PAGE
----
Family is at the heart of how we identify ourselves. It is also a site for contesting political values and social norms. Many parents know the pressure of making choices about how they and their children will eat, sleep, dress, wear their hair, practice religion, become educated and express beliefs. Not MY Family Values, curated by Rebecca Senf, is an online exhibition that explores the idea of family and the way that cultural ideals are played out there.

Photographers, both men and women, have focused their lenses on couples, families, and children, in the privacy of the home and out in the world. This chorus of perspectives illustrates what a simultaneously vital and fraught institution “family” can be and gives visual form to a heterogeneous range of experiences and perceptions.

There are lots of different families. We all believe in “family values.” But whose family values? Yours may not be my family values.

About the Curating Process

As Norton Family Curator, a joint appointment between the Center for Creative Photography (CCP) and Phoenix Art Museum, I typically curate exhibitions from the holdings of the CCP which go on view at Phoenix Art Museum. These have included exhibitions of the photographs of Richard Avedon, Edward Weston, W. Eugene Smith, and Ansel Adams and thematic shows including aerial photography, portraiture, platinum and palladium prints, and unique photographic objects.

When curating a typical exhibition, I search the Center for Creative Photography’s database looking for appropriate artists and prints. I then go to the vault and select specific works, based on their image content as well as their physical characteristics, such as size, materials, condition, and presentation.

In curating this exhibition for Art Photo Index (API), there was a call to API photographers to submit images they felt fit the theme. Additionally, I could search the API database for images I wanted to use. Perhaps it goes without saying, but in this case only the image content mattered – there is no physical element under my control.

Curating for API allowed for an exploration of a subject of more personal concern. The online format also presented an interesting challenge, to create an exhibition which – by its design – is much more linear than a physical exhibition. In contrast to the visual environment of social media, which offers a nearly endless stream of varied and decontextualized pictures, this was also an opportunity to create an internally cohesive consideration of a single concept in depth.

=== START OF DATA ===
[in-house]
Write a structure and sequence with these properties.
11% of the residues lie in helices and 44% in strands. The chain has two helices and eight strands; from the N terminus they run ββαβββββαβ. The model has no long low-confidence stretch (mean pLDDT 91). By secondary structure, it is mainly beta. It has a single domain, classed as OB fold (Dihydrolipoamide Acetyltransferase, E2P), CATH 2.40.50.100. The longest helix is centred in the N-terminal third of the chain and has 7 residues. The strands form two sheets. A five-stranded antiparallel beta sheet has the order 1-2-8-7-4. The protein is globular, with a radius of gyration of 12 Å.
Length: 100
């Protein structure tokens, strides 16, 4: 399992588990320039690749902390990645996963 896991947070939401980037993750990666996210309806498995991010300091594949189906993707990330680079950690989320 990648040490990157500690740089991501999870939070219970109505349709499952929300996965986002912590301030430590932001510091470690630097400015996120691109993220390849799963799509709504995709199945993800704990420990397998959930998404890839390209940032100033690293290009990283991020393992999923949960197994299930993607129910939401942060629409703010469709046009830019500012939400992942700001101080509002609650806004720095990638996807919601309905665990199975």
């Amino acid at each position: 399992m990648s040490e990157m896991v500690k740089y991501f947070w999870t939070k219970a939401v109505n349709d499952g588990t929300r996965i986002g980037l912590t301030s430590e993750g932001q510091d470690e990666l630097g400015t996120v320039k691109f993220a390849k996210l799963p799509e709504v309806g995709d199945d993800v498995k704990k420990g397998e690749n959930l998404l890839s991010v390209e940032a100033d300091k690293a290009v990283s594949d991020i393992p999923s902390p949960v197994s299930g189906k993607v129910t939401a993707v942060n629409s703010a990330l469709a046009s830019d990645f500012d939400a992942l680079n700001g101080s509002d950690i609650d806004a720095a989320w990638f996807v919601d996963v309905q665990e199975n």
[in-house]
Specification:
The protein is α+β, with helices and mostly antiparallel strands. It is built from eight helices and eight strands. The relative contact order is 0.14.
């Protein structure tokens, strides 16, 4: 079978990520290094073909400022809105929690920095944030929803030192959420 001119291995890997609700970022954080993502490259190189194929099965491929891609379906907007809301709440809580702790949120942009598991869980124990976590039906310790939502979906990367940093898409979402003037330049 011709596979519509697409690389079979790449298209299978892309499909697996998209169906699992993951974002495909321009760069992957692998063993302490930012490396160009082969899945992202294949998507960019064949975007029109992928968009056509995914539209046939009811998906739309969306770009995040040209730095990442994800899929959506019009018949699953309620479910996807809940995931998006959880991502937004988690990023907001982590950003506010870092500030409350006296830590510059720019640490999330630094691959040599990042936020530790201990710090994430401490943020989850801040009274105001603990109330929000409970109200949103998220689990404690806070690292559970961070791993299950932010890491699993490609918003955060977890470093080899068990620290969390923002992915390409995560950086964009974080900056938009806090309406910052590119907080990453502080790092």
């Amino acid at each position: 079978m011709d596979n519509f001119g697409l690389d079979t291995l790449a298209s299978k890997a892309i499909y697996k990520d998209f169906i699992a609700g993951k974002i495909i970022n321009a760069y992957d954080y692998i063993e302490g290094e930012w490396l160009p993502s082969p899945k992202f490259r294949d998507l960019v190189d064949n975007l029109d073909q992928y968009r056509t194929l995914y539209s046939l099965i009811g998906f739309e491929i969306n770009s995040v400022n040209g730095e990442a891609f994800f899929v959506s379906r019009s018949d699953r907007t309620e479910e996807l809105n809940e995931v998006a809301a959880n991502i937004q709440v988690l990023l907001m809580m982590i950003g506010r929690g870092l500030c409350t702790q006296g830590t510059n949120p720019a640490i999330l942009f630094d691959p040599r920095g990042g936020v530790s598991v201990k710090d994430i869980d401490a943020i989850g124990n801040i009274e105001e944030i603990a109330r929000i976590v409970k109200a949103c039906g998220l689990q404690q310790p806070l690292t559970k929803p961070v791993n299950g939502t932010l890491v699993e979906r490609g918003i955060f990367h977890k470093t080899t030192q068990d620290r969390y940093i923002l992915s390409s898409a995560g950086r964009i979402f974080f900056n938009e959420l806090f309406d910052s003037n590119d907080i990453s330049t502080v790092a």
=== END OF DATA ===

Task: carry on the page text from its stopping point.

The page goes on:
In the exhibition it is possible to view the name of the artist by hovering your cursor over the image. You also have the choice to see additional works by the photographer, by clicking the information icon in the upper left corner of the image. I encourage you to explore the work of these talented artists and see the breadth of their photography.
About Rebecca Senf
Dr. Rebecca Senf is the Norton Family Curator of Photography, a joint appointment at the Center for Creative Photography and the Phoenix Art Museum. She curates exhibitions for the Doris and John Norton Gallery for the Center for Creative Photography in Phoenix and some of her past exhibitions include Debating Modern Photography: the Triumph of Group f/64; Richard Avedon: Photographer of Influence; Human Nature: the Photographs of Barbara Bosworth; Edward Weston: Mexico; Charting the Canyon: Photographs by Mark Klett and Byron Wolfe; Face to Face: 150 Years of Photographic Portraiture; All That Glitters is Not Gold: Platinum Photography from the Center for Creative Photography and the Steele Gallery exhibition, Ansel Adams: Discoveries of January to June, 2010. Senf grew up in Tucson and went to undergraduate school at the University of Arizona, studying the History of Photography. She spent ten years in Boston, Massachusetts where she earned a Ph.D. in Art History at Boston University. In Boston she worked on the Museum of Fine Arts, Boston’s major exhibition Ansel Adams from The Lane Collection, for which she also co-authored the exhibition catalogue. In October of 2012 her book Reconstructing the View: The Grand Canyon Photographs of Mark Klett and Byron Wolfe was released by University of California Press.

Rebecca Senf happily lives in Tucson, Arizona, with her husband and two children, and is only occasionally mortified by their table manners.